- Older than 14 years and no signs of puberty
- Visual field defects or lack of sense of smell
- Excessive weight loss
- Presence of an abdominal mass
- No obvious cause
Amenorrhoea or failure to menstruate can be divided into primary and secondary causes.
Primary amenorrhoea implies the woman has never had a menstrual bleed. Teenagers should usually have started their periods before the age of 15 years. However, in some circumstances, investigations may be initiated before then.
Secondary amenorrhoea is when established menstruation ceases and can be defined as a lack of periods for at least six months.
A focused history and examination will help to reveal the important causes. In many cases of secondary amenorrhoea, no obvious hormonal cause may be found.
In primary amenorrhoea, it may simply be a deferral in the onset of periods. However, there could also be rare, unusual and serious causes, such as genetic abnormalities. A loss of smell and amenorrhoea could suggest Kallman syndrome. Post-delivery amenorrhoea could suggest Sheehan's syndrome (and a risk of untreated hypopituitarism).
A short history of virilisation, which could cause amenorrhoea, may be associated with an ovarian or adrenal malignancy.
If hyperprolactinaemia is found (a raised level may have to be repeated and confirmed) and there are neurological symptoms or signs, brain imaging is required.
Always consider pregnancy. A pregnancy in a very young person could be a red flag for child protection.
A relatively uncommon cause for primary amenorrhoea is an imperforate hymen, with blood collecting in the vagina (haematocolpos).
Ask about medication (certain drugs can raise prolactin levels, leading to amenorrhoea), lifestyle (excessive exercise, stress, significant weight loss) and check if a recent pregnancy test or pelvic ultrasound has been requested or carried out.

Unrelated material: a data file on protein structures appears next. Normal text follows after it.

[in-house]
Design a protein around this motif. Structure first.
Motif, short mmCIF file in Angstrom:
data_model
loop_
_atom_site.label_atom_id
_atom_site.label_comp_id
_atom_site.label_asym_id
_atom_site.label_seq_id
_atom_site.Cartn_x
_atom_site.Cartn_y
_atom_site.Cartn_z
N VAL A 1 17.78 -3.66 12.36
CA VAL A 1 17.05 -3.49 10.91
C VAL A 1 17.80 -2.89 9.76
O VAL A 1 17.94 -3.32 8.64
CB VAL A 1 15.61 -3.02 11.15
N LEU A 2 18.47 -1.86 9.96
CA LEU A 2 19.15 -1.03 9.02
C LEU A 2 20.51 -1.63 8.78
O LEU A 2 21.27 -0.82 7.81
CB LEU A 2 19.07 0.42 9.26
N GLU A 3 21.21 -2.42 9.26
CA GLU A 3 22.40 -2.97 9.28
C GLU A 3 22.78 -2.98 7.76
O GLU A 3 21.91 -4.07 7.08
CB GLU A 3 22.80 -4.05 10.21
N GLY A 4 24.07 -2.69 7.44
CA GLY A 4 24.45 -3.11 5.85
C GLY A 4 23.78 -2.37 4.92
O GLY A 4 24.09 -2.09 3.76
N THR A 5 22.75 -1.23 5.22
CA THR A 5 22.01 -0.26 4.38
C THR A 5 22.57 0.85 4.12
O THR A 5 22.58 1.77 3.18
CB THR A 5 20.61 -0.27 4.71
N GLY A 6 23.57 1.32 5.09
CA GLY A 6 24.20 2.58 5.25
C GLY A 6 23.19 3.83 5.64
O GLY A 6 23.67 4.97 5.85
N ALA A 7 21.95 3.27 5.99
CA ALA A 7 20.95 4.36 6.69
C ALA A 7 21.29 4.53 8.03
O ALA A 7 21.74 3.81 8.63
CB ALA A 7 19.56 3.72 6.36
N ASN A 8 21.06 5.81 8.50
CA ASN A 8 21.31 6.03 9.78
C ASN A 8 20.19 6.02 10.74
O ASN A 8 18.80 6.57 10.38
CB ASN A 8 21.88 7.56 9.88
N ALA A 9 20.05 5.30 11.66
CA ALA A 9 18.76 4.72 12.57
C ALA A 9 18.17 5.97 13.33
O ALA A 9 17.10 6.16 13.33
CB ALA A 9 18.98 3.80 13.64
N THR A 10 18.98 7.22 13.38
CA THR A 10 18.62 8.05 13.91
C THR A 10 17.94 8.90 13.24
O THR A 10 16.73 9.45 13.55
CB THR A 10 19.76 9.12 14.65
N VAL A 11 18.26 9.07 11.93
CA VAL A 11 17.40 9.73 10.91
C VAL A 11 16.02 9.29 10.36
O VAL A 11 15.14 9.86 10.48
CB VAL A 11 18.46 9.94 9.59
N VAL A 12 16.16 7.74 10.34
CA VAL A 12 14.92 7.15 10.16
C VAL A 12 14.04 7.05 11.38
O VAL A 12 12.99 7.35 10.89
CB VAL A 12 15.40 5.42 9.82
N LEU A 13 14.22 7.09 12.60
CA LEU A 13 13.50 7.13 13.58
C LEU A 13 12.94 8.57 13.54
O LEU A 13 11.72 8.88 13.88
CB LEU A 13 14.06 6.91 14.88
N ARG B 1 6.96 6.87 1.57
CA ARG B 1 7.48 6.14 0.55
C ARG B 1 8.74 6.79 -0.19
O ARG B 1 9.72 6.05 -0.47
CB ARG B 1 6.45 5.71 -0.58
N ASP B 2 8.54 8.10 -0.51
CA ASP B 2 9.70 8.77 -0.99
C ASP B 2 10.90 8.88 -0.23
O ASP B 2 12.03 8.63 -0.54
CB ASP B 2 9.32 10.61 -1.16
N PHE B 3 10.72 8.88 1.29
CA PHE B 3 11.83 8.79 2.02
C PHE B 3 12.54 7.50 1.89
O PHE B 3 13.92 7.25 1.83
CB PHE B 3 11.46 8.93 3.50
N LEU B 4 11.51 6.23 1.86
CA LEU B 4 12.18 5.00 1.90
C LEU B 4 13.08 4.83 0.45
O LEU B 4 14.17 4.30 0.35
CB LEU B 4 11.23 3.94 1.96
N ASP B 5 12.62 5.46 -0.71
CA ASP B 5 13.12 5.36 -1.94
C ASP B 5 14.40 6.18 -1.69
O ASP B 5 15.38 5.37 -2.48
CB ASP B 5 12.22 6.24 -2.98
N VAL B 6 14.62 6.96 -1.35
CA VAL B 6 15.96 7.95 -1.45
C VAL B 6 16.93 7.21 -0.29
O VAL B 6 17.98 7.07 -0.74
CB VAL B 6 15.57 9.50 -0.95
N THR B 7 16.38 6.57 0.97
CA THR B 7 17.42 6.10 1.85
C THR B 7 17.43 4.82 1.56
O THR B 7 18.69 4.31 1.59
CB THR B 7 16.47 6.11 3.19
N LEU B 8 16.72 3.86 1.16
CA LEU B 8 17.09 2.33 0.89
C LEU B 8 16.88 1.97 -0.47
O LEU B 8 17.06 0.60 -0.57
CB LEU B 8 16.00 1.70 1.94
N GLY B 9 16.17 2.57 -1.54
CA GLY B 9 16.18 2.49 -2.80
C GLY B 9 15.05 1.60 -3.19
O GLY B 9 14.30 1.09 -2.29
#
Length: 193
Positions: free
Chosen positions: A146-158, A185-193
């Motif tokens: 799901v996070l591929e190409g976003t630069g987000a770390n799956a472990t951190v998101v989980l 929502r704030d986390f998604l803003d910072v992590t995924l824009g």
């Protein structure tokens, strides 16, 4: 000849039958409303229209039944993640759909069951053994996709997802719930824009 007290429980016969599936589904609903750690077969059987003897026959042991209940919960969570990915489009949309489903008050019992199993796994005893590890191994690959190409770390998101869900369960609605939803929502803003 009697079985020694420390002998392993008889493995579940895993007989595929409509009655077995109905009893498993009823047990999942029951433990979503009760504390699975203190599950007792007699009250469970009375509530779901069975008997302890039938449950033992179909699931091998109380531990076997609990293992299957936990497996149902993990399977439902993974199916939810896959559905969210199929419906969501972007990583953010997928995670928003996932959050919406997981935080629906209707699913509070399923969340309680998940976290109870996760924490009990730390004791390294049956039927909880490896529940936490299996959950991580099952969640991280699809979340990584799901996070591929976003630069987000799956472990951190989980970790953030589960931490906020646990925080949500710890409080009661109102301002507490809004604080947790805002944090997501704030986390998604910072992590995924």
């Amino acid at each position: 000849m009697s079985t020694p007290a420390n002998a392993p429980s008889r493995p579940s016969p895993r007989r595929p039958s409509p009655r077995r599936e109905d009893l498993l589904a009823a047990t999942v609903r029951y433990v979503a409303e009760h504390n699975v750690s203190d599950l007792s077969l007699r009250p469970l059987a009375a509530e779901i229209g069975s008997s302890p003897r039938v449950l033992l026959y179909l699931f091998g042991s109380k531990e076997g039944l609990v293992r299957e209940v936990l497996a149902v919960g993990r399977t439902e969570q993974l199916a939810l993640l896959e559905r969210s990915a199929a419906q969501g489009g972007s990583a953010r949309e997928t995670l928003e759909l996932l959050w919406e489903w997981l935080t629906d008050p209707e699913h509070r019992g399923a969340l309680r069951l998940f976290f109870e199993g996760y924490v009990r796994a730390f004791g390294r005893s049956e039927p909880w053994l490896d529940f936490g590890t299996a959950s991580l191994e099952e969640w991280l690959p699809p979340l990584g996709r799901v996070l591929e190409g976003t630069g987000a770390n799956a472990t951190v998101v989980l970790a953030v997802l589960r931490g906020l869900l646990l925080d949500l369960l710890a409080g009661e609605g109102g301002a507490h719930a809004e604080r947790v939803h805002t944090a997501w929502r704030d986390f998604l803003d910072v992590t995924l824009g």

Ask about sense of smell (Kallman syndrome) or galactorrhoea (hyperprolactinaemia). Prolactin can be raised without drugs. If found, referral to an endocrinologist may be necessary, as pituitary prolactinomas are commonly found in this group.
Note the development or otherwise of secondary sexual characteristics. Check the BMI. A low BMI may suggest an eating disorder or malnourishment from a chronic disease; a higher BMI may suggest polycystic ovaries (if there are other symptoms or signs to support this) or obesity.
Consider an endocrine cause, such as an adrenal or pituitary problem, by looking for features such as virilisation, although they are uncommon.
Cushing's syndrome can cause amenorrhoea, so consider the typical clinical features if suspected. Primary amenorrhoea can be the presenting feature of a chromosomal or structural abnormality. However, this is uncommon.
A genital inspection (exclude ambiguous genitalia) may be necessary, as would be a vaginal examination. A chaperone should be present.
Visual fields may need to be assessed and an abnormality may suggest a pituitary cause, in which case, an endocrine screen may be needed.
Investigations may include an ultrasound and blood tests. Blood tests could include FSH, LH, testosterone, prolactin and TFTs, as well as a pregnancy test. Check if a cervical smear is due. Once an accurate diagnosis is established, this allows a management plan to be formulated.
|When to refer|
In the following situations, it may be necessary to refer to secondary care:
- Dr Brown is a GP in Leeds
This is an updated version of an article that was originally published in January 2014.